Arranging an affordable overdraft also might provide you with some time to manage your receipts.

Businesses could seek to extend their credit terms with suppliers and provide cash discounts to debtors to receive cash quicker. Early settlement discounts could be offered to customers on current sales.

Next, businesses must minimise their cash outflow.

Differing the tax bills will help, and they should also arrange longer credit terms with suppliers. Businesses should aim to reduce both fixed and variable cost.

Fixed cost that can be reduced by:

  • Applying for mortgage holidays
  • Payment holidays for finance/HP agreements
  • Discussing rent freeze with landlords, or even considering downsizing the office as staff work from home.

Variable cost can be reduced by:

  • Discussing with staff about voluntary redundancy or pay cuts or reduced hours.
  • Falling electricity and utility bills. If not the case, then businesses should renegotiate with providers.

Business Survival and Opportunities

To create the best business survival strategy, you should first assess your business’s current position by doing the following:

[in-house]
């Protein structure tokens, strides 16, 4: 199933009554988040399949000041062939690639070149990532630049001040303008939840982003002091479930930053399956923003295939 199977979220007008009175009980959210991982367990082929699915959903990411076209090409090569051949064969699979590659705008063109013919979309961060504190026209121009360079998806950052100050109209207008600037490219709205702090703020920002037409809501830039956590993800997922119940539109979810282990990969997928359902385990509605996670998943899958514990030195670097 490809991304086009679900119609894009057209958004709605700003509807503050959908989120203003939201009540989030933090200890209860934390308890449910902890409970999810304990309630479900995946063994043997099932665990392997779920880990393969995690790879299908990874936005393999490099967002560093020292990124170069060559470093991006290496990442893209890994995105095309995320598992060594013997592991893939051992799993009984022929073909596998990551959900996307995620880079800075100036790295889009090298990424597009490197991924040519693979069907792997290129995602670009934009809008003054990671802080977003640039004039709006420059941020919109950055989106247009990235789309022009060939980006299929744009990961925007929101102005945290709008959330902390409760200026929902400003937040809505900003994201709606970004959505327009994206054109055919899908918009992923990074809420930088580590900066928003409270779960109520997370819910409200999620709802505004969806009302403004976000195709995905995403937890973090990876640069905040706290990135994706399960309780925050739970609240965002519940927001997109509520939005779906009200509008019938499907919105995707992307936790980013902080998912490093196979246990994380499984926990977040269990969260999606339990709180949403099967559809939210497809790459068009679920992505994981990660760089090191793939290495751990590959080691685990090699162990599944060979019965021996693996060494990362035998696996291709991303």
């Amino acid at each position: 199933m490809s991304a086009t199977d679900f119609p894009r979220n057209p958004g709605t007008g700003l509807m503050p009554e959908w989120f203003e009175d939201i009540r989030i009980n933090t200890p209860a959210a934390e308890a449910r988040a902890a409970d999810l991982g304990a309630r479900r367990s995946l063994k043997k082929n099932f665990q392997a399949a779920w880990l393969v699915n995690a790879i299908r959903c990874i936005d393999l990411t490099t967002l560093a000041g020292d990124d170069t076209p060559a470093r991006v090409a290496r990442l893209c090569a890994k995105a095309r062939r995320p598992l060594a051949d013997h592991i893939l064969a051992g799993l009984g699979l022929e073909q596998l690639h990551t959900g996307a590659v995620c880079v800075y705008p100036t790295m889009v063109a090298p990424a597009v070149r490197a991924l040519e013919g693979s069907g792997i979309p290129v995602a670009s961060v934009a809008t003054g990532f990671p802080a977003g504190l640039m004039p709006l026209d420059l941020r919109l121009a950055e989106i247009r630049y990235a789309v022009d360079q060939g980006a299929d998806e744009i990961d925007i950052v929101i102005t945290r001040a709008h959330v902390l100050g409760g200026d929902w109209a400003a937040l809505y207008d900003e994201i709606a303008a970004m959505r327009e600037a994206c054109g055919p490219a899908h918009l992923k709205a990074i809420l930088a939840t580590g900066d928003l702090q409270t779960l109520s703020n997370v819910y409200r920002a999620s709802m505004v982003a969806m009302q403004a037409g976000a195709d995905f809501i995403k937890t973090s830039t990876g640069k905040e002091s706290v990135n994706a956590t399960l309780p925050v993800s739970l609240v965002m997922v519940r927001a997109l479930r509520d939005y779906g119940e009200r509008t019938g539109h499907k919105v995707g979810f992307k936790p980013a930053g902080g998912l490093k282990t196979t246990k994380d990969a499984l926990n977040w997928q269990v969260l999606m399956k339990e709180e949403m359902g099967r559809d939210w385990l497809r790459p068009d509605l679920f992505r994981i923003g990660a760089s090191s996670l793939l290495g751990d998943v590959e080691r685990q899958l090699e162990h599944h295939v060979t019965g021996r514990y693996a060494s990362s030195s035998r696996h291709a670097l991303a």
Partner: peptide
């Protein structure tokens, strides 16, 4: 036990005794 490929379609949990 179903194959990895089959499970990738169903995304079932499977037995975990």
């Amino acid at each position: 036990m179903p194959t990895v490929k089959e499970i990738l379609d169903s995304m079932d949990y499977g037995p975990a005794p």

• Update the current budget forecasts to account for the anticipated change in revenue/expenses.
  • Update your cash flow statement.
  • Calculate if your business is sustainable and if not, how quickly you will run out of cash.

Once you have assessed whether you are in a strong or weak position, you can determine a path forward.

If you are in a weak position, you need to focus on your strengths. This means prioritising the core revenue/profit-making activities of the business. The current expansion plans need to be shelved, and new non-essential hires delayed.

If you are in a strong position, it’s time to consider expansion plans. Be aware of your competition and how they are performing. If your current competitors are having to curtail operations and withdraw from the market, then you should be focusing on gaining market share.  You should also be considering takeover/merger opportunities. Redundancies at other firms may also create new hire opportunities.

Review your brand image/advertising method. Successful businesses will adapt quickly to the changing environment. Are you still going ahead with advertisements on the transport system, or do you need to change to online marketing? Should you be focusing on price differentiation, or are your customer base now looking for lower-cost options? Your advertisement strategy will be subject to your target audience, so you need to consider your audience has been affected by COVID-19.

Once you have a plan of action, you can work out an efficient strategy to get your business through this challenging time, and a chartered accountant can help you with expert advice.

Hasib is a Chartered Accountant and a Chartered Tax Adviser with over 15 years’ experience. He formerly worked at both UBS (as a corporate bond originator) and PricewaterhouseCoopers (in the Tax department) before taking control of Howlader & Co, where he has overseen exceptional growth over a sustained period over several years.